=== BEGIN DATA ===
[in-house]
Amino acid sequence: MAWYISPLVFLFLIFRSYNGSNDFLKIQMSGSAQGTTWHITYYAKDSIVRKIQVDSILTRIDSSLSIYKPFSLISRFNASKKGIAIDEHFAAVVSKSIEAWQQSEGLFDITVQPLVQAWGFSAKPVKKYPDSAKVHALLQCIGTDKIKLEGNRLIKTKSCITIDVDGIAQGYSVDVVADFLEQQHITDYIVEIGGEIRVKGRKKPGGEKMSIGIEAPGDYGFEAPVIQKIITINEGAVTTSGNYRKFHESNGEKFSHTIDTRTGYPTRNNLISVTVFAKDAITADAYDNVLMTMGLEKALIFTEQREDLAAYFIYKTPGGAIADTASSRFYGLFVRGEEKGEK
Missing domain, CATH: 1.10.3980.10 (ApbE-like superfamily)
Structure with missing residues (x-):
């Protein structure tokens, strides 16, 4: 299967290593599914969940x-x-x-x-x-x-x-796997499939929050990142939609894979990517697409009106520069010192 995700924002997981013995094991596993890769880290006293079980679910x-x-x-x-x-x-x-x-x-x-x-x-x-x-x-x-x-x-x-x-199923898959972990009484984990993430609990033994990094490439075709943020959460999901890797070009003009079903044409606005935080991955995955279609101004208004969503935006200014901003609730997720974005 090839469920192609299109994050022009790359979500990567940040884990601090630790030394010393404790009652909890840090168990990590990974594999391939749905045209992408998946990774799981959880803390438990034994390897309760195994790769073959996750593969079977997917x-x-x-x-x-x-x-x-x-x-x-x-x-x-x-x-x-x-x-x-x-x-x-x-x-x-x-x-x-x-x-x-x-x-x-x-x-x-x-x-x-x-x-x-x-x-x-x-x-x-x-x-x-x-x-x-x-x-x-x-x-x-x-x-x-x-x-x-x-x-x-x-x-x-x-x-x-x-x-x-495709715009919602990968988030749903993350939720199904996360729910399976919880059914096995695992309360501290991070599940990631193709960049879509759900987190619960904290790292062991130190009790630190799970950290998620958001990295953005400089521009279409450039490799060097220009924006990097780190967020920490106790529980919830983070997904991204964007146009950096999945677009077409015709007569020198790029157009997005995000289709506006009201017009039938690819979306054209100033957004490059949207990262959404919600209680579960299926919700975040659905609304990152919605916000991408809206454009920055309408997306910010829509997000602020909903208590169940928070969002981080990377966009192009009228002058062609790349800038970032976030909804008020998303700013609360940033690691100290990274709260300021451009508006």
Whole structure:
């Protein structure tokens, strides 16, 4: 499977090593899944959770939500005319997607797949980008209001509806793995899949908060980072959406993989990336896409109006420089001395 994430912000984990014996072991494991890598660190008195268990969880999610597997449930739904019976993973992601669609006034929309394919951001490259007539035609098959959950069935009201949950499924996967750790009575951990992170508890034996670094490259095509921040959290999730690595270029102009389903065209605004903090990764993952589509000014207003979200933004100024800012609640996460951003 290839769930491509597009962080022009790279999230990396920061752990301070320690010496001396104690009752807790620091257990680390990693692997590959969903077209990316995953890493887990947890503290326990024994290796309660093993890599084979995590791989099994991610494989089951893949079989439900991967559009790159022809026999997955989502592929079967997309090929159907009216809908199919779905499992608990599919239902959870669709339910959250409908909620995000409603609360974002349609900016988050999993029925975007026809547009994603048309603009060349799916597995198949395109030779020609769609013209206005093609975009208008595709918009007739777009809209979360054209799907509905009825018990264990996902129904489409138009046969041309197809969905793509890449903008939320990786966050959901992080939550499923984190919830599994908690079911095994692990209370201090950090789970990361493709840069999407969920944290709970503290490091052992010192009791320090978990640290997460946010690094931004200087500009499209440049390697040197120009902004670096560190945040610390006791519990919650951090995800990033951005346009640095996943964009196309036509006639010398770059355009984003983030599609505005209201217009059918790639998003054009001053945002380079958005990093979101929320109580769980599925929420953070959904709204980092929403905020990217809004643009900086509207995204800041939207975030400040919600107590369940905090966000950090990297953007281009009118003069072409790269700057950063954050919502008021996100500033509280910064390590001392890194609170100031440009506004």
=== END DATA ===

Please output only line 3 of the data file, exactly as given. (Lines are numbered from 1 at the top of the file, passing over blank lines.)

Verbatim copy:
Missing domain, CATH: 1.10.3980.10 (ApbE-like superfamily)